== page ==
Nukewatch Quarterly Spring 2021
By John Heid Through the Prism of Nonviolence
“We’re goin’ all the way to Texas,” a border wall construction worker proudly told me last October. I was on a Tucson Samaritans humanitarian aid “water run” outside Sasabe, Arizona, population 54, at the time. When circumstances allow, I engage border wall workers to better understand what the men (literally) on the ground are thinking.
In the weeks leading up to the presidential inauguration, the work pace of wall construction became frenetic. Two-lane roads in rural southern Arizona were clogged with 18-wheelers transporting 30-foot posts and concrete mix. The border was a swirl of workers and machines going at breakneck speed. Efficient. Driven. Like the red ants of Texas on a bone.
On January 20, inauguration day, everything came to a halt. Like mist evaporating at first light of dawn, all was still along the border line. No more dynamite blasting the granite hillsides. No more trucks roaring down the highway. In surrounding towns, workers were terminating their rental leases or checking out of their motel rooms. A wary calm was settling on the Arizona-Sonora-border lands. Still, a bevy of questions lingered, not the least being, will the other shoe drop? Days turned into weeks. Could it be true? Had the nightmare really ended?
On February 10, a companion and I returned to the wall road at Sasabe to assess the situation. How far had the “all the way to Texas” construction gone? Were there unfinished sections where we might still be able to place water for people crossing this remote desert terrain? We passed the once bustling muster yard. All the familiar office trailers and heavy equipment were present but were still as a ghost town. We began our drive along the border wall road adjacent to the Buenos Aires National Wildlife Refuge and soon noticed some activity.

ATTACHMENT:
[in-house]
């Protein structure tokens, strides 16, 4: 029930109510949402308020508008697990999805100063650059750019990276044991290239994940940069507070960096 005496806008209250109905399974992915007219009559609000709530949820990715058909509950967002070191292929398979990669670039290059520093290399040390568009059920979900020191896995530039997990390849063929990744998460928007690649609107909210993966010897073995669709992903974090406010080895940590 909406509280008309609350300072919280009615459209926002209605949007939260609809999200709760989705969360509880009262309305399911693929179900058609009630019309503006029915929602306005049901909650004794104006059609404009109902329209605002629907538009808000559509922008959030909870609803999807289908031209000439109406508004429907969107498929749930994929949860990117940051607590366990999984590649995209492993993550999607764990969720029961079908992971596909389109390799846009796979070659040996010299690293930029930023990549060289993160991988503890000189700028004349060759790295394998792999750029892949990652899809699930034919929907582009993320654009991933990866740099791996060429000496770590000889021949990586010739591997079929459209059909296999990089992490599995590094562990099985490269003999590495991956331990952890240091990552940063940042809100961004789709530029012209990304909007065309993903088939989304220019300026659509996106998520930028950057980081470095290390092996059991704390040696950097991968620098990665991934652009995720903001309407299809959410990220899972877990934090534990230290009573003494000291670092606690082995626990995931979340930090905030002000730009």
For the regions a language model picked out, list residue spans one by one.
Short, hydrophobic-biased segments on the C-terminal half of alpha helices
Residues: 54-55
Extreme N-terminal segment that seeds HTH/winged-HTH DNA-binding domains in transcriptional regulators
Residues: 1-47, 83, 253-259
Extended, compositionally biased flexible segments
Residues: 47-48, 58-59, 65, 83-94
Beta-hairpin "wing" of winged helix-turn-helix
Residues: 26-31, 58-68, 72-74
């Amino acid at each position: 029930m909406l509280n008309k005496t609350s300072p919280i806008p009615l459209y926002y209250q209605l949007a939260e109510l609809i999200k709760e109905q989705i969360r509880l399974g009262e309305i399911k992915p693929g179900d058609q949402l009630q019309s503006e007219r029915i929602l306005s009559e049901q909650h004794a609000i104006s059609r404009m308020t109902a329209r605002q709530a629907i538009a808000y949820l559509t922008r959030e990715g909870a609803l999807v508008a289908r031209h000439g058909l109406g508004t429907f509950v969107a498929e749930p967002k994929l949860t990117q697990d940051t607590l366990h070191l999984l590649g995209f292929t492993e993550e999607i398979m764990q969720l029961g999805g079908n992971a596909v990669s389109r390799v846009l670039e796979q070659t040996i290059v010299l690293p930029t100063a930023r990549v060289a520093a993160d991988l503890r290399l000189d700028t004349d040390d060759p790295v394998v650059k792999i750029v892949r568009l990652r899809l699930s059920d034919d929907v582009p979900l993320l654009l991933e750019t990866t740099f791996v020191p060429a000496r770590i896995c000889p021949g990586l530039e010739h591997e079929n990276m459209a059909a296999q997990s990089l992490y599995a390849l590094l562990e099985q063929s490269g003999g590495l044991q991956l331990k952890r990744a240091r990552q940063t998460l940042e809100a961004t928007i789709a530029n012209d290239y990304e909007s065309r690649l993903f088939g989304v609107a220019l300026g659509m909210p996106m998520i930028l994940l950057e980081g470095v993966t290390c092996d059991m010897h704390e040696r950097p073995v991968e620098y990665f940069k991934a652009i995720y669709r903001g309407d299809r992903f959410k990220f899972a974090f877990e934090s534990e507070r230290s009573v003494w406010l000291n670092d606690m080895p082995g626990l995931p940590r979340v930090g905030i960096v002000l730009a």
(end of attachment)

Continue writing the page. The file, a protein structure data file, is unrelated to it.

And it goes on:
Off in the distance. Construction workers! A few here, a few there, like ants quietly working away. A pick-up truck approached. Our access was blocked. The driver announced: “This is an inactive work zone. I can’t prohibit you from proceeding, but I have to caution you there’s rock crushing activity ahead. Heavy machinery. It could be dangerous. I advise you to turn back.” He drove off and so did we. In opposite directions. We had to see for ourselves what an “inactive” rock-crushing work zone means. Borderland double-speak.
We drove the wall road for a dozen or so miles. The wall stretched to the horizon like a never ending coil of unraveled wire. In the distance we began to hear the roar of heavy equipment. The myth of “no more wall work” was shattered. The following morning I saw photos taken the same day by another Samaritan crew that accessed the wall road further east. Devastating. Mining scale bulldozers are shown slashing a wide swath over a cacti-covered hill in the Coronado National Forest — pristine wilderness plowed down.
All to say there is a wall. It’s not going away. It’s metastasizing. A low profile presence, double speak, and legal machinations are the strategy. No parade of trucks and workers is crowding small border towns. The destruction goes on, unimpeded, undercover, in plain, albeit remote, sight.
The US Army Corps of Engineers’ line is, “The work is part of the contractor’s obligation to ensure work site safety and security.” Whose safety? Whose security? The only safe solution is to tear down that wall and restore the habitat — all the way to Texas.
—John Heid writes from Tucson, Arizona. He recommends visiting <biologicaldiversity.org> for more information.
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